The Future of American Jobs Part II

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With more than 15 million Americans still unemployed, job creation remains the central economic issue facing U.S. policymakers. Beyond these near-term cyclical challenges, however, lie deeper structural issues in the labor market that have been developing over the last three decades and were reaching urgent levels even before the Great Recession. As the economy begins to recover, policymakers must also turn their attention to the long-term goal of remaining economically competitive in a rapidly changing global economy.

On December 3, The Hamilton Project and the Center for American Progress will host the second of two conferences addressing the long-term challenges of creating quality jobs in the United States and preparing American workers for those jobs of the future. As part of the event, The Hamilton Project and the Center for American Progress will release three targeted policy proposals by outside scholars to deal with the long-term challenges associated with the new global economy. Following each panel discussion, the conversation will be open to audience questions.

8:00 a.m. – 9:00 a.m. Registration and Light Breakfast

9:00 a.m. – 9:20 a.m. Opening Remarks
Robert E. Rubin, Co-chair, Council on Foreign Relations and former U.S. Treasury Secretary
Roger C. Altman, Founder and Chairman, Evercore Partners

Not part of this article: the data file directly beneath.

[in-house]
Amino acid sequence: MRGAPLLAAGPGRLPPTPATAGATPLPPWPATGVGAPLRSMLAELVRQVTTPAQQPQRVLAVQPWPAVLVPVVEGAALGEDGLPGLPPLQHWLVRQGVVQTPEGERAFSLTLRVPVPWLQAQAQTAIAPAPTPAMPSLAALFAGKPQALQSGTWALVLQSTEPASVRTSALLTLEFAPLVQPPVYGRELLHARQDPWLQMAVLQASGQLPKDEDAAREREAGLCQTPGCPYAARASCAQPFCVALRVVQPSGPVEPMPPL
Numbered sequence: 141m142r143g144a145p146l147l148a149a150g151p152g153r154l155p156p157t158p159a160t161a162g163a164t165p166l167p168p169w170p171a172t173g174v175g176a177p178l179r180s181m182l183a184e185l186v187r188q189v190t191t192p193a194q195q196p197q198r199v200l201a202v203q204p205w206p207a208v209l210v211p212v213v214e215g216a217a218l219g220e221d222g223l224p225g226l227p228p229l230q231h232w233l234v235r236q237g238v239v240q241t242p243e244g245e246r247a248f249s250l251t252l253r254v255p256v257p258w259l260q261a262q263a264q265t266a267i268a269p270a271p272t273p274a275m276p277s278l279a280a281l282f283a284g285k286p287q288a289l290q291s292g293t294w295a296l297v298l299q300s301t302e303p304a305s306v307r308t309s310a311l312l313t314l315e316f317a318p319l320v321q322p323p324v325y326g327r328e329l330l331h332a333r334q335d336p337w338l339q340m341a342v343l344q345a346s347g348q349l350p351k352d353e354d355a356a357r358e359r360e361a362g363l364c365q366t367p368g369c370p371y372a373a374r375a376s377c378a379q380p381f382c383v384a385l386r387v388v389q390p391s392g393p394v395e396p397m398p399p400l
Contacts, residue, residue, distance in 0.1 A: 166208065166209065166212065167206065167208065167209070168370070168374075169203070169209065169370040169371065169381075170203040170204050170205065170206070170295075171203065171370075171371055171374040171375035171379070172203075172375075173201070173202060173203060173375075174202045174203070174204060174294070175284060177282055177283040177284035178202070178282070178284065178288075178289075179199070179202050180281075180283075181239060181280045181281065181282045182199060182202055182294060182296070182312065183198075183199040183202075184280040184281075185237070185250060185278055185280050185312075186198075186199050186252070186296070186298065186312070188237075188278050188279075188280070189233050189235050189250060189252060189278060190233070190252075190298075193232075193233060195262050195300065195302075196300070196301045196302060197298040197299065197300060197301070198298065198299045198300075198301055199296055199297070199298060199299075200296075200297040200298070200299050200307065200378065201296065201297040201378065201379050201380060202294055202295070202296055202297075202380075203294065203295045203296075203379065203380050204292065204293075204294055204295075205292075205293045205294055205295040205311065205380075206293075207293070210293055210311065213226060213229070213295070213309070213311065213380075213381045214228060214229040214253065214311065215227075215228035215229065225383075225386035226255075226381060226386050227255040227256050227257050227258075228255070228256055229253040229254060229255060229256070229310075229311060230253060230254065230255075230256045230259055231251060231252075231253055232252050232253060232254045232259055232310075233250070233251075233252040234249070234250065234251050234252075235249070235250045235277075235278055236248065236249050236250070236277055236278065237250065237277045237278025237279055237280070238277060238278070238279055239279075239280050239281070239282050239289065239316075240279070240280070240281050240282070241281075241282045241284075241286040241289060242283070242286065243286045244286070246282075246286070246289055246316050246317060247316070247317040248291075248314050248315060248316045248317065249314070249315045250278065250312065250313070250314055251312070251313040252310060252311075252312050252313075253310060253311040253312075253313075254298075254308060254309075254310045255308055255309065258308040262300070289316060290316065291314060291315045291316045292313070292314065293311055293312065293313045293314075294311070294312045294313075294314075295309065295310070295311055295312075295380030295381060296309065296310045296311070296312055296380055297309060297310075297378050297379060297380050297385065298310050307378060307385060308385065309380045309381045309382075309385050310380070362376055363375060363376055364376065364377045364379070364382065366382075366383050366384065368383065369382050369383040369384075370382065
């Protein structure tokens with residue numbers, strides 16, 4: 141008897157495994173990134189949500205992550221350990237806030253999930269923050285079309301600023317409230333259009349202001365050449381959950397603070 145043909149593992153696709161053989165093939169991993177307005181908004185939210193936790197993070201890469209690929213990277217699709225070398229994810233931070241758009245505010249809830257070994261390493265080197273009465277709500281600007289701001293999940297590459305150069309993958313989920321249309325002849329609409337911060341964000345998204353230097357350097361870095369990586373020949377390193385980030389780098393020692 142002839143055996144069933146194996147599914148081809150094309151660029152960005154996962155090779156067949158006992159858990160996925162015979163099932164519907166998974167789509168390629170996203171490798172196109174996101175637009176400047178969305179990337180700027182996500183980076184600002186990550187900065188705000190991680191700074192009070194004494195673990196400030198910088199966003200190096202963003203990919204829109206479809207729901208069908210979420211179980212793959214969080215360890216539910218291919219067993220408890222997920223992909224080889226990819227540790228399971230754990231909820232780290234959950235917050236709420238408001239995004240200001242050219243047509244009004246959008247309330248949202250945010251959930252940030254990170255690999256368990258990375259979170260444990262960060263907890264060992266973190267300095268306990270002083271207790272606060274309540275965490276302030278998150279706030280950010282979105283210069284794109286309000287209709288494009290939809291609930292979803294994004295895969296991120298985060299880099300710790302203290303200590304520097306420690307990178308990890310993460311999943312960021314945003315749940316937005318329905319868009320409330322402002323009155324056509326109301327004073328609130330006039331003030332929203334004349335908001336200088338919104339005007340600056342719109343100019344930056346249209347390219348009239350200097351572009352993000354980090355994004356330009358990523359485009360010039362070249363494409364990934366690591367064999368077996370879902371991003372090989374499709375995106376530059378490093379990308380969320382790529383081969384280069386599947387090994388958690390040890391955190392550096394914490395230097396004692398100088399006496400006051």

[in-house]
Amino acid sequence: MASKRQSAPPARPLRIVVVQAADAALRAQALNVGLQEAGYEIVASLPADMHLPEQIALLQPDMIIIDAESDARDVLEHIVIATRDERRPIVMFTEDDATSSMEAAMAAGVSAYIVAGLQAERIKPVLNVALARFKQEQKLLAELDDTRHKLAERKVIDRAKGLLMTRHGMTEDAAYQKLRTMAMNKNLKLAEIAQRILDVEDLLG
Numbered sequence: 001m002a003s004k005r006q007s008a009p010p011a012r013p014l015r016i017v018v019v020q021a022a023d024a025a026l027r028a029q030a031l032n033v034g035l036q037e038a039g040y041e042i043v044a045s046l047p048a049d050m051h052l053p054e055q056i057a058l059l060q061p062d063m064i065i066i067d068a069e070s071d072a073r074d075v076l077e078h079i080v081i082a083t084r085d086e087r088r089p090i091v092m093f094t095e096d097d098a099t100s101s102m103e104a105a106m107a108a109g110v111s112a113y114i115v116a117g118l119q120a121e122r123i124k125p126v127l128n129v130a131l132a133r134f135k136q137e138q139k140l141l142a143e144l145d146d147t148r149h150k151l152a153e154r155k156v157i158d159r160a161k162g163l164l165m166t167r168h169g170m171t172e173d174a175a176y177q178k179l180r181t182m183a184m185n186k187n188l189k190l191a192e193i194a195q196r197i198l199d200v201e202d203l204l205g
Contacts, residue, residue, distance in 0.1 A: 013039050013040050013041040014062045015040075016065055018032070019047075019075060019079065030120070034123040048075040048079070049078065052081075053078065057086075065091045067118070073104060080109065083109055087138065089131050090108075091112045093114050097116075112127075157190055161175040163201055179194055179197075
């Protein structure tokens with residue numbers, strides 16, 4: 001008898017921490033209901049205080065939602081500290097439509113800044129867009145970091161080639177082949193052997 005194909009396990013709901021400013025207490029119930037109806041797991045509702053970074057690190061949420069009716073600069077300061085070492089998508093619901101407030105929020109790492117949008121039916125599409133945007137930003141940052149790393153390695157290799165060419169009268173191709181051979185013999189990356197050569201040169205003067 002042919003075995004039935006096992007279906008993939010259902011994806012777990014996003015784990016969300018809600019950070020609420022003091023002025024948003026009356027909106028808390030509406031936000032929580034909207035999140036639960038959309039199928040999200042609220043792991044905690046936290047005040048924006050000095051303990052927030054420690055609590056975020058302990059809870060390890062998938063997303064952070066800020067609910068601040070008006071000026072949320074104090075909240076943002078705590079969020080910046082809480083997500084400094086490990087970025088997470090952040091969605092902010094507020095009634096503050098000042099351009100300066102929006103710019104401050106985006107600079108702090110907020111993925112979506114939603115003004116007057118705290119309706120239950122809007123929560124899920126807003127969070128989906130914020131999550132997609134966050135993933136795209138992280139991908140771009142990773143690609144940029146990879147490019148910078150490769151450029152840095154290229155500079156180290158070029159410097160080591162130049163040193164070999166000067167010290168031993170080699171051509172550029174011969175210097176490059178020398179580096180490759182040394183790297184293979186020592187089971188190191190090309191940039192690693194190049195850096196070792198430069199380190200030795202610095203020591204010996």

Sarah Rosen Wartell, Executive Vice President, Center for American Progress

9:20 a.m. – 10:50 a.m. Roundtable: Proposals for Improving Skills and Creating Jobs
Presenters:
Bridget Terry Long, Harvard University
"Information and Transparency in the Higher Education Marketplace"
Alan Auerbach, University of California, Berkeley
"A Modern Corporate Tax"
David Autor, Massachusetts Institute of Technology
"Supporting Work: A Proposal for Modernizing the U.S. Disability Insurance System"

Respondents:
Cheryl Hyman, Chancellor, City Colleges of Chicago
Peter Orszag, Distinguished Visiting Fellow, Council on Foreign Relations
Laura Tyson, S.K. and Angela Chan Professor of Global Management, Haas School of Business, University of California, Berkeley

Moderated by:
Michael Greenstone, Director, The Hamilton Project

11:00 a.m. – 12:30 p.m. A Conversation About the Future of American Jobs
Secretary Hilda Solis, U.S. Department of Labor
Richard Gephardt, President and Chief Executive Officer, Gephardt Group Government Affairs
Penny Pritzker, Chairman of the Board, TransUnion and Pritzker Realty Group
Michael Spence, Nobel Laureate; Professor Emeritus in Economics, Stanford University

Moderated by:
John Podesta, President and Chief Executive Officer, Center for American Progress

Additional information

Breakfast will be served at 8:30 a.m.